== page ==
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Experts to discuss judicial selection at IU Maurer

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Four nationally known experts on judicial selection will participate in a panel discussion April 21 at Indiana University Maurer School of Law in the Moot Court Room.

"There are at least five methods of judicial selection used among the various states, and we will explore the pros and cons of each," said Charles Geyh, associate dean for research and John F. Kimberling Professor of Law.

The panel consists of Chris Bonneau, associate professor of political science at the University of Pittsburgh and co-author of “In Defense of Judicial Elections”; Roy A. Schotland, a professor emeritus at Georgetown University Law Center who has written prolifically on all methods of judicial selection; and Eileen Braman, associate professor of political science at IU, whose work has explored issues relating to institutional legitimacy and public support of the courts.

This is final event of the semester in the law school's Law and Society series. The program is from 4 to 6 p.m., and is free and open to the public. Indiana continuing legal education credit has been applied for.

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  1. Frankly, it is tragic that you are even considering going to an expensive, unaccredited "law school." It is extremely difficult to get a job with a degree from a real school. If you are going to make the investment of time, money, and tears into law school, it should not be to a place that won't actually enable you to practice law when you graduate.

  2. As a lawyer who grew up in Fort Wayne (but went to a real law school), it is not that hard to find a mentor in the legal community without your school's assistance. One does not need to pay tens of thousands of dollars to go to an unaccredited legal diploma mill to get a mentor. Having a mentor means precisely nothing if you cannot get a job upon graduation, and considering that the legal job market is utterly terrible, these students from Indiana Tech are going to be adrift after graduation.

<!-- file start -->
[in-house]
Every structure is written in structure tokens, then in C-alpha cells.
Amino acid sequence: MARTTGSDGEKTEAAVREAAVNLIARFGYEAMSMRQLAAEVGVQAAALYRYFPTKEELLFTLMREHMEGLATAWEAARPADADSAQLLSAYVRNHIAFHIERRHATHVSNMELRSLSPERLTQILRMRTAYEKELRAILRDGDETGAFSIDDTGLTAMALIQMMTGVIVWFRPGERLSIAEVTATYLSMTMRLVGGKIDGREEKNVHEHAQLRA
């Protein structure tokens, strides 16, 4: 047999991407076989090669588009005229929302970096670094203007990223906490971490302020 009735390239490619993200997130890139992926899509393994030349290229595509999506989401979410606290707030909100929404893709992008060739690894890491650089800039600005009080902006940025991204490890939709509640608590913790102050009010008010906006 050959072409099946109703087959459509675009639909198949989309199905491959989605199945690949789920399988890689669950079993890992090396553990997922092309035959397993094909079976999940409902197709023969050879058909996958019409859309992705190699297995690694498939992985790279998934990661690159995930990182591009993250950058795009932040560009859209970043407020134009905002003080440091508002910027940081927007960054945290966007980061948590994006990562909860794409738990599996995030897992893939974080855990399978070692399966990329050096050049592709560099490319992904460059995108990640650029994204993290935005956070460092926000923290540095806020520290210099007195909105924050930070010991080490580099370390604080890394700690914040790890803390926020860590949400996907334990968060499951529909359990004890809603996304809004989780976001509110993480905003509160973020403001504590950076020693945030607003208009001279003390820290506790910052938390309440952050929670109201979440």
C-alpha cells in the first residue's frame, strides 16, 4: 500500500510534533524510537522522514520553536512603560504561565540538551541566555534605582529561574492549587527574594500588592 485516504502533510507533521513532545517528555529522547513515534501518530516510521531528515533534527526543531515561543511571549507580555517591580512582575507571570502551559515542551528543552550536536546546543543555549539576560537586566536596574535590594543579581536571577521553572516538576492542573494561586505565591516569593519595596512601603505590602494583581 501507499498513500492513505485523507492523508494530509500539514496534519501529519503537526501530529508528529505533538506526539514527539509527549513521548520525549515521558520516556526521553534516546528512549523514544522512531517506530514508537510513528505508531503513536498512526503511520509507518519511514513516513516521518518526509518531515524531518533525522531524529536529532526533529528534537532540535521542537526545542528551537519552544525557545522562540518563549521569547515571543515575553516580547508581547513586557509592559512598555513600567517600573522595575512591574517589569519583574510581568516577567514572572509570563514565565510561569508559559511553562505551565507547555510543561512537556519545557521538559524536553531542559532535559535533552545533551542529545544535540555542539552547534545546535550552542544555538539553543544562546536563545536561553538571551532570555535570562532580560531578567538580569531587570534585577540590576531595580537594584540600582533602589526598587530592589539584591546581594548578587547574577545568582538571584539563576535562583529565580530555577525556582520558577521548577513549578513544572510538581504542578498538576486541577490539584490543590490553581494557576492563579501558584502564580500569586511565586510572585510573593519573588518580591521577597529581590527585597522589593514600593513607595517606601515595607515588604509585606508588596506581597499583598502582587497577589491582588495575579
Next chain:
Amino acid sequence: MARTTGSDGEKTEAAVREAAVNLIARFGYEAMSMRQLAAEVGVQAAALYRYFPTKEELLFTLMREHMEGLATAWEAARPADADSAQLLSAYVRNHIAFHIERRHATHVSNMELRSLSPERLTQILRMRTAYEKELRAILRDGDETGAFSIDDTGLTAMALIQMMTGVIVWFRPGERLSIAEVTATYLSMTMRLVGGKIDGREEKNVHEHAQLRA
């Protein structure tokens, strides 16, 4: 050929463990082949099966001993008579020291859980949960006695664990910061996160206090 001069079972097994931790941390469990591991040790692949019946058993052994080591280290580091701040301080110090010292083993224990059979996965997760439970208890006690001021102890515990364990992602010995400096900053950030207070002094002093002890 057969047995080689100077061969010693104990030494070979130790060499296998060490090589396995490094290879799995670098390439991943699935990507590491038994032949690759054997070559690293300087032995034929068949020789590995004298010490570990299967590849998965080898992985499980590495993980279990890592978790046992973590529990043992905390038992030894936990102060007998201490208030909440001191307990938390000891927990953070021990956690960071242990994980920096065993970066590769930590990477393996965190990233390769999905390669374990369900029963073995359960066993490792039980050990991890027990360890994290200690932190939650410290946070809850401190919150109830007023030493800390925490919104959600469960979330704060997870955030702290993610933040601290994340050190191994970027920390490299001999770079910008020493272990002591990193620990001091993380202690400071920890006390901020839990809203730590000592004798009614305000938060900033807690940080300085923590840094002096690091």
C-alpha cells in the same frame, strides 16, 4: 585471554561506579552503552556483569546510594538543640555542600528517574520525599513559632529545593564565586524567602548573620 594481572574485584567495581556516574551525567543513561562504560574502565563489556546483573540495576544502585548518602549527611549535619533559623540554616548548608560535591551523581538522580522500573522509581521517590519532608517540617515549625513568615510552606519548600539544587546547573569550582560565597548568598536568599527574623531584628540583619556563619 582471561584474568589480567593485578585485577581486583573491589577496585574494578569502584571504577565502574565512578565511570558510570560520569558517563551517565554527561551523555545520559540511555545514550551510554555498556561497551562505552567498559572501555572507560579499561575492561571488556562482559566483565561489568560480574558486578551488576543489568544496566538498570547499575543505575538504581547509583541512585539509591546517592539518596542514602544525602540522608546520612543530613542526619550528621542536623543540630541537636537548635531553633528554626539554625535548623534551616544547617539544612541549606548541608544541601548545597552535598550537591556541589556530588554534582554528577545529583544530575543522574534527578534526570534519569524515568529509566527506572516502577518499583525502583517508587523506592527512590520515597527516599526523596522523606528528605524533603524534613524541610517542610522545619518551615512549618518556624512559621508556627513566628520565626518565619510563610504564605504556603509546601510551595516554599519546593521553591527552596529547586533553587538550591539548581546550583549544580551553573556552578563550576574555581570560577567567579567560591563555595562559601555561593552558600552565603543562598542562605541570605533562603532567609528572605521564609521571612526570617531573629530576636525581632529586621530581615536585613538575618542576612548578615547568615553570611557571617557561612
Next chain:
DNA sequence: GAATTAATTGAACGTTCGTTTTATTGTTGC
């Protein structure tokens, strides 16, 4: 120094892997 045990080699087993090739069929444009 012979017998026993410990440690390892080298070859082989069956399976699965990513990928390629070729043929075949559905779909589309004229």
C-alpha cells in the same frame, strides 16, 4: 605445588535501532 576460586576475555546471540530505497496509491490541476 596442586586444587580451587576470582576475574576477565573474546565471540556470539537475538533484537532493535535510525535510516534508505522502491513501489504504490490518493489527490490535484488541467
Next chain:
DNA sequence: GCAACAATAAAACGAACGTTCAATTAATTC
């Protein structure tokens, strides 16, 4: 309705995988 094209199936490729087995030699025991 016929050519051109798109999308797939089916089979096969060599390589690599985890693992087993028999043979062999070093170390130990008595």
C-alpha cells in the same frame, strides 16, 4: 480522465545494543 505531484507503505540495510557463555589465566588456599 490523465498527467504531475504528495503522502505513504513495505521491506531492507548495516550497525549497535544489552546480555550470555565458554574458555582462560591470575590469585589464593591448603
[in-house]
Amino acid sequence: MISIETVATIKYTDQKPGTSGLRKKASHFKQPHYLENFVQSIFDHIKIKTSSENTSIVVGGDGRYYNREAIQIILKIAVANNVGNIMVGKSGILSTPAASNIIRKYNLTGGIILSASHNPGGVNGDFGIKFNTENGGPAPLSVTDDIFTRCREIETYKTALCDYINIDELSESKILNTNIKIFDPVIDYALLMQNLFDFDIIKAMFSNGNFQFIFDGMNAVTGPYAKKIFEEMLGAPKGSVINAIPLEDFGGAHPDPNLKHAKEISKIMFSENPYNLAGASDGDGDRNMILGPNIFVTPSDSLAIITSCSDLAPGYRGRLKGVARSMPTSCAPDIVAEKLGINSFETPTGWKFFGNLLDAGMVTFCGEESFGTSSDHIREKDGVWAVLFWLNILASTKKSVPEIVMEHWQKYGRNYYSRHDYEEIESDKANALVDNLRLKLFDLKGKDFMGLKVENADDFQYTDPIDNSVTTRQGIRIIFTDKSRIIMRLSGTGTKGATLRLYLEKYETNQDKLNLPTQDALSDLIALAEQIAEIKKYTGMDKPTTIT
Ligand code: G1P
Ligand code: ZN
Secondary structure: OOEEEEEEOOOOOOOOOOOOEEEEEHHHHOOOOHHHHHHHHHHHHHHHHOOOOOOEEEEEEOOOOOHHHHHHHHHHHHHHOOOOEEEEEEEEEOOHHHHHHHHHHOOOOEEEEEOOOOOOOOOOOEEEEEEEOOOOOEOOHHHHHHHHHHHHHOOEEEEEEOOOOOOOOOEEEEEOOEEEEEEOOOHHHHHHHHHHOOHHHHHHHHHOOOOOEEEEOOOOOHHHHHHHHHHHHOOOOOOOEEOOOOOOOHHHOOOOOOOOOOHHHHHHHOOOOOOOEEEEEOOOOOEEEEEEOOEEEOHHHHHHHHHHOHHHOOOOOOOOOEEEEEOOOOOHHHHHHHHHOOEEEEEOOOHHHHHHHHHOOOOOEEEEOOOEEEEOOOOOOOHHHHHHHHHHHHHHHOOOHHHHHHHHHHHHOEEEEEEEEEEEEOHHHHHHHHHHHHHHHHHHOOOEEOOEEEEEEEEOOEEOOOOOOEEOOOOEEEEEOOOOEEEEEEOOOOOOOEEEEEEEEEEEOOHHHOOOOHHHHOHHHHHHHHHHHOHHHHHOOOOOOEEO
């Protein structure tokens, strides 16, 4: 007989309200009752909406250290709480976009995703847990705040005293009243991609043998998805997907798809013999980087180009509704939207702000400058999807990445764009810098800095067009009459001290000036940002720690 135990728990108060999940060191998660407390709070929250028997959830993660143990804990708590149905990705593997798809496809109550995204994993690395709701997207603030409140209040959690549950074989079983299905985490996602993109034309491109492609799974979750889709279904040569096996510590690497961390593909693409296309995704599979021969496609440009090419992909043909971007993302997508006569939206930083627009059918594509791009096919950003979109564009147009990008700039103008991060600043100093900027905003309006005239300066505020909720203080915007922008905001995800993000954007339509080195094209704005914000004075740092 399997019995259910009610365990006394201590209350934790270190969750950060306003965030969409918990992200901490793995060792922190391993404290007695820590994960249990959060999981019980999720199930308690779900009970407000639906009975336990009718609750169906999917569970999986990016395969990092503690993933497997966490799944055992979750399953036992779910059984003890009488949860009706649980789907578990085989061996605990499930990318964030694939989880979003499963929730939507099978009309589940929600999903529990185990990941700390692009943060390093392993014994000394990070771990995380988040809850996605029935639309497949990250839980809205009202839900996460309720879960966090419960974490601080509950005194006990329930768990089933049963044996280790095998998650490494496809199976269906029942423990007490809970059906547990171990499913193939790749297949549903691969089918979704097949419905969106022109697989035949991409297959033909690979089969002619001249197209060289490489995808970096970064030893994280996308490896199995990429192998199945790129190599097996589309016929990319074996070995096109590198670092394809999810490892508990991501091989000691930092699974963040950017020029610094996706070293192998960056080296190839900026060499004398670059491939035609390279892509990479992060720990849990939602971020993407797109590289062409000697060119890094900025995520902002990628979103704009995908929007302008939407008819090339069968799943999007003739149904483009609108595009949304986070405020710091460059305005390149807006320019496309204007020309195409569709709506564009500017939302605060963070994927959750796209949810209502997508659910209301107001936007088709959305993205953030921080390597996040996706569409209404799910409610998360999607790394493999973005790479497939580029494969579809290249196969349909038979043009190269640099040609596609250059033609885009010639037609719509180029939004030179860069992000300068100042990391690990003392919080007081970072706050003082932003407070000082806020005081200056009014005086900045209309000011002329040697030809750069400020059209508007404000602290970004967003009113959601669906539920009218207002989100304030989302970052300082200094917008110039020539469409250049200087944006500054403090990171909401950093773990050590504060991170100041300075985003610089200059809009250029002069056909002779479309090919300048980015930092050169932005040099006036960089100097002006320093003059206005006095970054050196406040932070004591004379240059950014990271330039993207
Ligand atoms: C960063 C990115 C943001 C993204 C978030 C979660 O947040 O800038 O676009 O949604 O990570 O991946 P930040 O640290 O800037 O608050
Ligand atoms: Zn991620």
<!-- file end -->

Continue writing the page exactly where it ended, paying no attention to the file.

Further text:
3. 700,000 to 800,000 Americans are arrested for marijuana possession each year in the US. Do we need a new justice center if we decriminalize marijuana by having the City Council enact a $100 fine for marijuana possession and have the money go towards road repair?

  4. I am sorry to hear this.

  5. I tried a case in Judge Barker's court many years ago and I recall it vividly as a highlight of my career. I don't get in federal court very often but found myself back there again last Summer. We had both aged a bit but I must say she was just as I had remembered her. Authoritative, organized and yes, human ...with a good sense of humor. I also appreciated that even though we were dealing with difficult criminal cases, she treated my clients with dignity and understanding. My clients certainly respected her. Thanks for this nice article. Congratulations to Judge Barker for reaching another milestone in a remarkable career.

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